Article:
With Labor Day weekend approaching and with the threat of the bird flu lending a state of panic to some, Nicole arranges for a weekend retreat at the beach. The “mommies play group” members are all invited. The year is 2010 and the characters reside in Brooklyn.

They include Susanna and Allie, the lesbian mothers of twins; Leigh, the debutante, whose son Chase has behavioral problems, and her infant Charlotte, who is a blessing to Leigh; Tiffany, who looks and acts like the group princess, or possibly the seductress, is resented by most, and whose daughter Harper is like a mini-me; and Rip, the Mr. Mom of the group, whose son Hank is shy, and some might say “effeminate.”

Spouses and partners might also be joining in…and, of course, the children, all preschoolers or infants, will be there en masse.

In alternate chapters, we follow each individual’s perspective, and while they all seem like cardboard cutouts in the beginning, we gradually see them fleshed out.

Nicole is anxious, almost neurotic, and with her son Wyatt, heads out to the beach house first.

Susanna and Allie’s issues are evident when we first meet them. Susanna has given birth to the twins and is pregnant again. Does she resent being the one carrying the babies? Allie is wrapped up in her career and feels like an outsider in the group she has labeled Mommy Camp.

Rip’s wife Grace feels like an outsider, too, and some issues are evident between her and Tiffany almost immediately. Is Tiffany purposely trying to horn in on Rip? What does her partner Michael add to the mix?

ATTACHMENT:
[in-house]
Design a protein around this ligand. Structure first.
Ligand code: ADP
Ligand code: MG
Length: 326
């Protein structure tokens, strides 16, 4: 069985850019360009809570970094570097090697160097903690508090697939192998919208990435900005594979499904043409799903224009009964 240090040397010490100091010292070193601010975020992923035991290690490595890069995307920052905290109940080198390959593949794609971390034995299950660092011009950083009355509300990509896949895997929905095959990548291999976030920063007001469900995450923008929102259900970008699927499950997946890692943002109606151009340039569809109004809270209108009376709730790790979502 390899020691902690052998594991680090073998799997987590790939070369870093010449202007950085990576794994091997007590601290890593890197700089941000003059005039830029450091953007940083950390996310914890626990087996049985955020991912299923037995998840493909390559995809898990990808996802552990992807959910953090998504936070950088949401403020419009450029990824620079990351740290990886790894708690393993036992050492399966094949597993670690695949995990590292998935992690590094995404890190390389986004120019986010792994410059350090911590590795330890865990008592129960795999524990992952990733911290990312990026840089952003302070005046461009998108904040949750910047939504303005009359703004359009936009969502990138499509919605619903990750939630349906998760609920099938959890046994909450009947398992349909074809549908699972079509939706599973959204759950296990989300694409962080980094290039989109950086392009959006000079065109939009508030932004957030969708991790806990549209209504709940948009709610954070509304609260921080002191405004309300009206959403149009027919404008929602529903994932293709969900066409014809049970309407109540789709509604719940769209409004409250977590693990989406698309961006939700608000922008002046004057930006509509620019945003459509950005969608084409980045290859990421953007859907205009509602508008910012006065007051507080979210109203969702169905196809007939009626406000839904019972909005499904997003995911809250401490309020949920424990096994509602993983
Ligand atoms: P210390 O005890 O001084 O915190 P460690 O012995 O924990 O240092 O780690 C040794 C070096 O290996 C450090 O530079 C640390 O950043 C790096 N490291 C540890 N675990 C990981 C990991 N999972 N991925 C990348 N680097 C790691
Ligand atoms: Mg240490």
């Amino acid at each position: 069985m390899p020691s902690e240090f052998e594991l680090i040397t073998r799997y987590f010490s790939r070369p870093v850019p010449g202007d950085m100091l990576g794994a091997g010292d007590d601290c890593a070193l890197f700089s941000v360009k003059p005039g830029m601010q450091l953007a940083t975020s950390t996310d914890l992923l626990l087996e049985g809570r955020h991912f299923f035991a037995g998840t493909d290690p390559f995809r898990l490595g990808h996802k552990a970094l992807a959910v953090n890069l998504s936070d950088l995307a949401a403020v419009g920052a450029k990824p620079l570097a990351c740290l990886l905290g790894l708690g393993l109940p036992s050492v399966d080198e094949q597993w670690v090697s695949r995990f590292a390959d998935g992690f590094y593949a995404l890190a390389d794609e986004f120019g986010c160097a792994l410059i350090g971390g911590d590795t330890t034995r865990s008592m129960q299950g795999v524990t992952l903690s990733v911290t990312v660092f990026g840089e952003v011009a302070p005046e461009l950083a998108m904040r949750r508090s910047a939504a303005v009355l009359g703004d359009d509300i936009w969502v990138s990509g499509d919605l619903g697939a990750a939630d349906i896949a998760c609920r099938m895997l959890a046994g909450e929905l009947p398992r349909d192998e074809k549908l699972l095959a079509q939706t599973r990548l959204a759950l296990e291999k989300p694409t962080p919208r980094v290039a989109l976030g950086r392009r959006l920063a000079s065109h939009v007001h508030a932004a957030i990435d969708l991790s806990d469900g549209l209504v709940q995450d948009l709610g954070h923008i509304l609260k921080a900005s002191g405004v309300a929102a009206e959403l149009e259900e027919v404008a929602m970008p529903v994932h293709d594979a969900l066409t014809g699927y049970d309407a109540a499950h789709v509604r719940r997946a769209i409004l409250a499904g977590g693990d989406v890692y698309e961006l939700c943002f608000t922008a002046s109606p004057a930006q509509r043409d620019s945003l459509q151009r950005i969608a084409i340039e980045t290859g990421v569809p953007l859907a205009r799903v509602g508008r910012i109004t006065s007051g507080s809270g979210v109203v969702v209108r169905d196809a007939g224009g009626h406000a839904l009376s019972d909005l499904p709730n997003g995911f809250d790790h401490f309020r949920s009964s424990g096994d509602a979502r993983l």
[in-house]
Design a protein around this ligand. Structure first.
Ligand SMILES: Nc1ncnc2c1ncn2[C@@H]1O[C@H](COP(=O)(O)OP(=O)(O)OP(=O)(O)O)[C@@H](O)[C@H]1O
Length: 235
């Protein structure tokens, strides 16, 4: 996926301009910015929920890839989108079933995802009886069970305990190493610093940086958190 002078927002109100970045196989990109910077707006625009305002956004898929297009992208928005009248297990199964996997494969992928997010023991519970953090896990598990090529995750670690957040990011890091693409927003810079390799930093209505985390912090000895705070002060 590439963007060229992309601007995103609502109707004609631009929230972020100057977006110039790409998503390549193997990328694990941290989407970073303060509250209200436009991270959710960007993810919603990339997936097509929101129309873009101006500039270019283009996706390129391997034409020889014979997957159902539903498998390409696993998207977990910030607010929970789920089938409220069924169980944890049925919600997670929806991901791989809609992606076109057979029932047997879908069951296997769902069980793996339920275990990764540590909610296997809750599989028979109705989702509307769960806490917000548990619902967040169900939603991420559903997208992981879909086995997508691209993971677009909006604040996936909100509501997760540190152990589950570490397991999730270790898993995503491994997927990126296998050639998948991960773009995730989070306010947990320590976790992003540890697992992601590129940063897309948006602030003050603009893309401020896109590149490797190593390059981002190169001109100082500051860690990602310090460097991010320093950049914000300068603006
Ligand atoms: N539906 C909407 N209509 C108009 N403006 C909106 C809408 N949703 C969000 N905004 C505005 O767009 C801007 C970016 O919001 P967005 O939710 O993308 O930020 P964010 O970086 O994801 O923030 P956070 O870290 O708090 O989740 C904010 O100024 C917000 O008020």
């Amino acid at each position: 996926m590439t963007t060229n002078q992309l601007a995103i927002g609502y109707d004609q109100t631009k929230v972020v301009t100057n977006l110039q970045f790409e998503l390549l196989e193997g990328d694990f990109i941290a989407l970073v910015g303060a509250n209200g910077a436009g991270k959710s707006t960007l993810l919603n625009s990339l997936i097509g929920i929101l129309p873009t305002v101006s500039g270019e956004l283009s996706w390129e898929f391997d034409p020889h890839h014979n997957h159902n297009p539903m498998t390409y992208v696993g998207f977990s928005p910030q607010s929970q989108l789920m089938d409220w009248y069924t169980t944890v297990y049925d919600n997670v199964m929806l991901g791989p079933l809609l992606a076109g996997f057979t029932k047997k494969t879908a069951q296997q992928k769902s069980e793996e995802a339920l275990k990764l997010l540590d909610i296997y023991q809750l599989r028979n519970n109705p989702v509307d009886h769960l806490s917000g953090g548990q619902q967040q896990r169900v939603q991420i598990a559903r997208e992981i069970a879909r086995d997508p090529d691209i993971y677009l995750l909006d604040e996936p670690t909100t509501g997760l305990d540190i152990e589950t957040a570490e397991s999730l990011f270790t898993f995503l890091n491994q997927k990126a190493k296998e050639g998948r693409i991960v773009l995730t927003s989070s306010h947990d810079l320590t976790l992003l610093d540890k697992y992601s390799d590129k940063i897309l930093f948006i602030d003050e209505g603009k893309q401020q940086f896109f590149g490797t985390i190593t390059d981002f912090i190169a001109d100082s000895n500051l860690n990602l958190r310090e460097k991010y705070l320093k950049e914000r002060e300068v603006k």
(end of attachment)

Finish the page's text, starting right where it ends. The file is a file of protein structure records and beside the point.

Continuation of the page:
The group of children seemingly swarm the place. Their behavior seems out of control, since these parents seem reluctant to curb their impulses. One child, especially, seems inappropriately coddled: Harper, at four, is still nursing, and her mother Tiffany seems blatant about it, knowing some are uncomfortable. Is Tiffany trying to show that she is above the rules to which the others adhere?

Tenzin, the Tibetan nanny, has accompanied Leigh, her boss, but is struggling to understand the language and the sayings that float around her through the day and night, while she longs for information from her homeland and her family.

For an entire weekend, we slog through the ins and outs between the parents and children, and can I say how annoying they all are? If I had to pick one over another, I would say Tiffany wins the prize as most annoying, along with her daughter Harper. Allie was the least annoying, in my opinion, and mostly because she recognizes that coddling the kids is not helping their behavior.

Meanwhile, many of these characters have big secrets. Something rather explosive will happen near the end that will change how they relate to one another…and may even turn their playgroup upside down. The explosion did shake things up a bit, and for a minute, I was interested in what might happen. But then the moment passed.

Parents of young children may enjoy Cutting Teeth: A Novel, but only a certain demographic of overly privileged parents could relate to the characters, in my opinion. 3.5 stars.


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